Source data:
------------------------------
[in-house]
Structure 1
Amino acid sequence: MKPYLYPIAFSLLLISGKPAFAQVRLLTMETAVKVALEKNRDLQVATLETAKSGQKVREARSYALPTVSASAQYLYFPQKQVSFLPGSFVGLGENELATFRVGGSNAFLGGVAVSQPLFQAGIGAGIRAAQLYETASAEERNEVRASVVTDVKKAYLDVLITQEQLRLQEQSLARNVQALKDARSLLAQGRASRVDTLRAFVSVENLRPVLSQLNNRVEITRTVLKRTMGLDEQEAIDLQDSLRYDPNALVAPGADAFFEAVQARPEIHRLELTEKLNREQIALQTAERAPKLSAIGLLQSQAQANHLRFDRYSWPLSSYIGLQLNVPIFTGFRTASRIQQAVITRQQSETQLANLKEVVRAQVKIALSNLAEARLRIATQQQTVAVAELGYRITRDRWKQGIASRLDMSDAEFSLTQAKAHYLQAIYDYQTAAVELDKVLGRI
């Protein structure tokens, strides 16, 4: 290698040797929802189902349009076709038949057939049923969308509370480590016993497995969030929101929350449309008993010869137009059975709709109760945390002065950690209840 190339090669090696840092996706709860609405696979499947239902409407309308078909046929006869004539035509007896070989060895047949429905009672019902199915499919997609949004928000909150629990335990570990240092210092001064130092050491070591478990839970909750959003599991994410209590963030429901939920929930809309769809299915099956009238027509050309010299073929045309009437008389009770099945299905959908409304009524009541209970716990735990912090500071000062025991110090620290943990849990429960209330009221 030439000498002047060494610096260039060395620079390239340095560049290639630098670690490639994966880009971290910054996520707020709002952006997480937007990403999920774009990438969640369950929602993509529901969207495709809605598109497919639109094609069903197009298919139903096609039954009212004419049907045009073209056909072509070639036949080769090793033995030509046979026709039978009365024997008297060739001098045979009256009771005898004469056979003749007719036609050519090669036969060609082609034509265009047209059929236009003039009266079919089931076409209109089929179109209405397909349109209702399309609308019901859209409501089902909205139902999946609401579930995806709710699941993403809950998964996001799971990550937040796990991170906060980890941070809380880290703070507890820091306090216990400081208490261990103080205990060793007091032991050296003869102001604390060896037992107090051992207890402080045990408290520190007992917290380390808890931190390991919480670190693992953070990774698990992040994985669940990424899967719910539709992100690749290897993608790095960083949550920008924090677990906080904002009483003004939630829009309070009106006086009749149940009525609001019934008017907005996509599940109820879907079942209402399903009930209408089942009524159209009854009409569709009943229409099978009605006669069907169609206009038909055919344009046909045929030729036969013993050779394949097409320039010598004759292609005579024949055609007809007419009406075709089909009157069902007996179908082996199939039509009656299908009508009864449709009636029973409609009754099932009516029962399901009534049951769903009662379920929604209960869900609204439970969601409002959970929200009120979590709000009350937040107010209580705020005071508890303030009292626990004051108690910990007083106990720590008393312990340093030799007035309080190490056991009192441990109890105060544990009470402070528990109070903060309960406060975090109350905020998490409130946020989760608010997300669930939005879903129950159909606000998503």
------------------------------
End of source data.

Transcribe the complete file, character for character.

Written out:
[in-house]
Structure 1
Amino acid sequence: MKPYLYPIAFSLLLISGKPAFAQVRLLTMETAVKVALEKNRDLQVATLETAKSGQKVREARSYALPTVSASAQYLYFPQKQVSFLPGSFVGLGENELATFRVGGSNAFLGGVAVSQPLFQAGIGAGIRAAQLYETASAEERNEVRASVVTDVKKAYLDVLITQEQLRLQEQSLARNVQALKDARSLLAQGRASRVDTLRAFVSVENLRPVLSQLNNRVEITRTVLKRTMGLDEQEAIDLQDSLRYDPNALVAPGADAFFEAVQARPEIHRLELTEKLNREQIALQTAERAPKLSAIGLLQSQAQANHLRFDRYSWPLSSYIGLQLNVPIFTGFRTASRIQQAVITRQQSETQLANLKEVVRAQVKIALSNLAEARLRIATQQQTVAVAELGYRITRDRWKQGIASRLDMSDAEFSLTQAKAHYLQAIYDYQTAAVELDKVLGRI
């Protein structure tokens, strides 16, 4: 290698040797929802189902349009076709038949057939049923969308509370480590016993497995969030929101929350449309008993010869137009059975709709109760945390002065950690209840 190339090669090696840092996706709860609405696979499947239902409407309308078909046929006869004539035509007896070989060895047949429905009672019902199915499919997609949004928000909150629990335990570990240092210092001064130092050491070591478990839970909750959003599991994410209590963030429901939920929930809309769809299915099956009238027509050309010299073929045309009437008389009770099945299905959908409304009524009541209970716990735990912090500071000062025991110090620290943990849990429960209330009221 030439000498002047060494610096260039060395620079390239340095560049290639630098670690490639994966880009971290910054996520707020709002952006997480937007990403999920774009990438969640369950929602993509529901969207495709809605598109497919639109094609069903197009298919139903096609039954009212004419049907045009073209056909072509070639036949080769090793033995030509046979026709039978009365024997008297060739001098045979009256009771005898004469056979003749007719036609050519090669036969060609082609034509265009047209059929236009003039009266079919089931076409209109089929179109209405397909349109209702399309609308019901859209409501089902909205139902999946609401579930995806709710699941993403809950998964996001799971990550937040796990991170906060980890941070809380880290703070507890820091306090216990400081208490261990103080205990060793007091032991050296003869102001604390060896037992107090051992207890402080045990408290520190007992917290380390808890931190390991919480670190693992953070990774698990992040994985669940990424899967719910539709992100690749290897993608790095960083949550920008924090677990906080904002009483003004939630829009309070009106006086009749149940009525609001019934008017907005996509599940109820879907079942209402399903009930209408089942009524159209009854009409569709009943229409099978009605006669069907169609206009038909055919344009046909045929030729036969013993050779394949097409320039010598004759292609005579024949055609007809007419009406075709089909009157069902007996179908082996199939039509009656299908009508009864449709009636029973409609009754099932009516029962399901009534049951769903009662379920929604209960869900609204439970969601409002959970929200009120979590709000009350937040107010209580705020005071508890303030009292626990004051108690910990007083106990720590008393312990340093030799007035309080190490056991009192441990109890105060544990009470402070528990109070903060309960406060975090109350905020998490409130946020989760608010997300669930939005879903129950159909606000998503």